HUNTINGTON — Former West Virginia delegate Derrick Evans was dubbed a leader of the Jan. 6 Capitol riot who a judge said “egged” people on before sentencing him Wednesday to serve three months in prison.
Evans, 37, was sentenced by U.S. District Court Judge Royce Lamberth for his actions Jan. 6, 2021, in Washington, D.C., where hundreds of then-President Donald Trump supporters breached the Capitol to interrupt Congress as it certified election results. Once Evans’ prison sentence is complete, he will have to serve three years of supervised release and pay restitution to the United States.
Evans had previously pleaded guilty to one count of civil disorder, a Class D federal felony.
In sentencing Evans, Lamberth said he got no pleasure from being an enforcer but he felt obligated to send a message to prevent a future riot from occurring. The judge said that, while Evans had already paid a large price for his actions, his involvement as a public servant made the situation worse.
“To me, this has to be considered a serious offense when you’re seeing those tapes before, but when you look at those tapes that you see you’re egging people on; you’re encouraging,” he said. “It’s not just like you walk through the building for 10 minutes.”
Evans told the judge he took full responsibility for his actions, which he said has created a lot of issues in his life, including receiving death threats.
“I made a crucial mistake and I’m now taking full responsibility for that. I’ve let down myself. I’ve let down my community and, most importantly, my family,” he said. “The hardest part of all this is looking in the mirror and knowing my actions have harmed my wife and my children.”
However, after the hearing, Evans returned to Facebook, promising followers to continue to fight for democracy “around every corner.”
Defense attorney Paul Taylor called the event an aberration in his client’s exemplary life, stating that his actions showed a naïveté and lack of experience, wisdom or judgment, but were not criminal.
Taylor said Evans was “shaking in his shoes” Wednesday and had been caught up in the moment and taken aback by seeing a sight like he saw. Taylor said democracy involves a give and take, which involves compromise and flexibility, which can be rough.
“That’s what we saw on Jan. 6, 2021, just how rough and tumble the exercise of democracy and the preservation of democracy can be. It can be painful. It can be ugly, just like the birth of our nation,” Taylor said.
However, U.S. Attorney Kathryn Fifield said Evans’ intentions were more dark than that, before playing several clips from his livestream that day.
While Evans didn’t engage in physical attacks, Fifield said Evans was a voice to encourage and incite the rioting in person and to his large social media following. His enthusiasm for the events was clear, she said.
After days of encouraging followers on Facebook to travel to Washington, D.C., to “stop the steal,” Evans arrived at the Capitol on one of two charter buses that came from Burlington, Ohio. Once there, Evans skipped Trump’s speech and went to the Capitol as the crowd grew.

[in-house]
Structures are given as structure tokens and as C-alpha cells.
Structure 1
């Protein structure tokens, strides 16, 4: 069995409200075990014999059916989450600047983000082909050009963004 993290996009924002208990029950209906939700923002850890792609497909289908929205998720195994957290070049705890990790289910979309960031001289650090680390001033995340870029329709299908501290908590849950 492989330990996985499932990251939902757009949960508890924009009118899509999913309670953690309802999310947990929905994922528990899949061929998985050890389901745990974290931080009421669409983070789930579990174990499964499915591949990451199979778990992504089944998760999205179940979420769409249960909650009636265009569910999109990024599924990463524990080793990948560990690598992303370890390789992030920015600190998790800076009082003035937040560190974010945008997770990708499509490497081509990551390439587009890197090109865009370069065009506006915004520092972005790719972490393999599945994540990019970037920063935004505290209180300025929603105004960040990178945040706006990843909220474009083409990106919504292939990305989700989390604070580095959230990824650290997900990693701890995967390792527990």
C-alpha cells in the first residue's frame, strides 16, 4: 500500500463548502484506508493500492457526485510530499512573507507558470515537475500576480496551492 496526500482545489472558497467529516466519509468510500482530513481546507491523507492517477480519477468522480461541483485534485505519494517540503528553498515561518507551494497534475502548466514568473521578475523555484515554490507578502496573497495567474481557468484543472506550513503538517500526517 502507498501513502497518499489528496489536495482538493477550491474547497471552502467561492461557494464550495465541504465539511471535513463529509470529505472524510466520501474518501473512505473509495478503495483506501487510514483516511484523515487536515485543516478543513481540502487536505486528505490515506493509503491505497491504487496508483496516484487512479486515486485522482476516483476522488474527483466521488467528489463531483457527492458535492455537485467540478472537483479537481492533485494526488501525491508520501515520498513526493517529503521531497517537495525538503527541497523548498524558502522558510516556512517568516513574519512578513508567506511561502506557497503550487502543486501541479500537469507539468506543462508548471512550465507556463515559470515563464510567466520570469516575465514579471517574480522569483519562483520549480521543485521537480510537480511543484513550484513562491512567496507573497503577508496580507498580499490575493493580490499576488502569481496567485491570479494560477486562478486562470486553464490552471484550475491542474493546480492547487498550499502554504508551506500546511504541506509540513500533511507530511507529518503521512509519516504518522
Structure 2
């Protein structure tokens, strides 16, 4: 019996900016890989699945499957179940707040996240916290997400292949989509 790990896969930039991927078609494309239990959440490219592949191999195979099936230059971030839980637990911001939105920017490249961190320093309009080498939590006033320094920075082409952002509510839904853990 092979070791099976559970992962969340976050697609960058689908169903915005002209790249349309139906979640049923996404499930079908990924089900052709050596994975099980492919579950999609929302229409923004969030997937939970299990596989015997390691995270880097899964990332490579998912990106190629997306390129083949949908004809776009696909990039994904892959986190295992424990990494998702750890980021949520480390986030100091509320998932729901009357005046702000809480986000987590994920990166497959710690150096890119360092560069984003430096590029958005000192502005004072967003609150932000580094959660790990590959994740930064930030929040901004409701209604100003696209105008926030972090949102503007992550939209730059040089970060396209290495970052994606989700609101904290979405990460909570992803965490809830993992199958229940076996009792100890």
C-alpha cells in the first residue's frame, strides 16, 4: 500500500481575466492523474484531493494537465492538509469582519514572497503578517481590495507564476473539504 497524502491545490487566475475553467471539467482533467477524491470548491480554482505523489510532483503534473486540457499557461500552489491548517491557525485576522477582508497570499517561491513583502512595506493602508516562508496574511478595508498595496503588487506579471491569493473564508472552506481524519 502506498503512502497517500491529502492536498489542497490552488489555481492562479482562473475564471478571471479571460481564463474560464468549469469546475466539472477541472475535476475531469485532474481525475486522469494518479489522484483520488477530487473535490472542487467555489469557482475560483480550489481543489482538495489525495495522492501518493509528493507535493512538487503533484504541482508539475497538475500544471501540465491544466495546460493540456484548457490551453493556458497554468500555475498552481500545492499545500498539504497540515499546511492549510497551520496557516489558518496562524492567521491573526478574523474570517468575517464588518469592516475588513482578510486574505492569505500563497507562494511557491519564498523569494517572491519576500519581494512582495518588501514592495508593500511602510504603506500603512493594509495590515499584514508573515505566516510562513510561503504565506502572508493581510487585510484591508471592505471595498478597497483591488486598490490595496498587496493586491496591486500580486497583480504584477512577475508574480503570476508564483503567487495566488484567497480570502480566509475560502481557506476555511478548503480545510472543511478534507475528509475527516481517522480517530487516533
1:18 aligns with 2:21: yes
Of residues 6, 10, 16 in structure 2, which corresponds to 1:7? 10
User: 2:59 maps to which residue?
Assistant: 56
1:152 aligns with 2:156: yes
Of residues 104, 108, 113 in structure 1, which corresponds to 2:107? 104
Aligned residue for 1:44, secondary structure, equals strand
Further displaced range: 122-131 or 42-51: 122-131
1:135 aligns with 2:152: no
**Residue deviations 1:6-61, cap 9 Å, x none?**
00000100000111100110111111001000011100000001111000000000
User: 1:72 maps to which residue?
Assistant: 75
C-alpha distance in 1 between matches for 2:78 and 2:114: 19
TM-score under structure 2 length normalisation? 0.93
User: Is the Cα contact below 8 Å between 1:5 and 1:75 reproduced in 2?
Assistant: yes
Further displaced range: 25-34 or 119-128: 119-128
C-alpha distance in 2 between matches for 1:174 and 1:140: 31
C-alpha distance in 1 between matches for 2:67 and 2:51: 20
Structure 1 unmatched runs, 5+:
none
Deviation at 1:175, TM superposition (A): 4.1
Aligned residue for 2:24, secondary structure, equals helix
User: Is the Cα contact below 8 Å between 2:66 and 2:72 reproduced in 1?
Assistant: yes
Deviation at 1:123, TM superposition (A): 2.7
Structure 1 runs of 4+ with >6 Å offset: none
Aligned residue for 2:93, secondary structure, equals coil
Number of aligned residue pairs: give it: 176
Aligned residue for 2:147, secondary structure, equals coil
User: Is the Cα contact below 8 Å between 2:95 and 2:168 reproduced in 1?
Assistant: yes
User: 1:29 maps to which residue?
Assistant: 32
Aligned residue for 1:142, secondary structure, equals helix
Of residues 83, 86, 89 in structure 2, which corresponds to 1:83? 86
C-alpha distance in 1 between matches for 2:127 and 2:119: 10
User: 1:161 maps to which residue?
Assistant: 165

He streamed the events live to his social media followers for about 1 hour and 19 minutes. The video was viewed by thousands, which made it easy for prosecutors to identify Evans.
Prosecutors said he was a leader because he reported to rioters around him of the violence across the Capitol campus by reading comments left on his stream. Evans also informed them and cheered as rioters entered the Senate floor, encouraging his side to do the same.
The east side got increasingly more violent, in part because of Evans’ voice, Fifield said.
“No rioter was a tourist,” she said. “No rioters’ actions can be completely extricated from the threat presented in the violence and destruction committed by the mob as a whole.”
Evans’ commentary during the video applauded “patriots” breaking into the building, encouraged viewers to get bail money ready and told Capitol Police the rioters were taking the country back whether they liked it or not.
While near rioters who were pulling apart and overturning bike rack barriers at the Capitol, Evans said on the livestream “the peace is over with.”
At one point, Evans moved closer to the East Rotunda doors, joining a mob of rioters pushing against the doors attempting to break in. As rioters sprayed a chemical irritant in the direction of officers, he indicated he knew entering the building would be criminal, stating, “I bet Trump would pardon anybody who gets arrested for goin’ in there.”
As he entered, he shouted his name, stating that he was in the Capitol.
When a protester said it was time to leave, Evans disagreed and later cheered on rioters who had entered the Senate floor.
At about 2:50 p.m. that day, Evans ended his livestream to find his travel group. Shortly after that, he texted a friend, asking them to download his video and asking if he should delete it “so there’s no evidence of what I just did,” before returning home to Wayne County to face reality, Fifield said.
“As he was enthusiastic, as he was knowledgeable, as he was being a leader, as he was being deliberate, he knew almost immediately that he had done something wrong,” she said.
Evans was elected to West Virginia’s House of Delegates in late 2020 and served less than 40 days between being sworn in to office and resigning after the riot.
He has also lost his right to possess a firearm as a result of the case.
Taylor said Evans’ family relies on him heavily and that having him in prison will affect them severely. Evans cooperated with the government and complied with all conditions imposed by the court, he added.
“Mr. Evans’ family needs him more than the government needs to punish him,” the defense attorney said.
Evans will be able to report to prison on his own after an assignment is made by the Bureau of Prisons. Lamberth said he would suggest Evans’ location be as close to home as possible.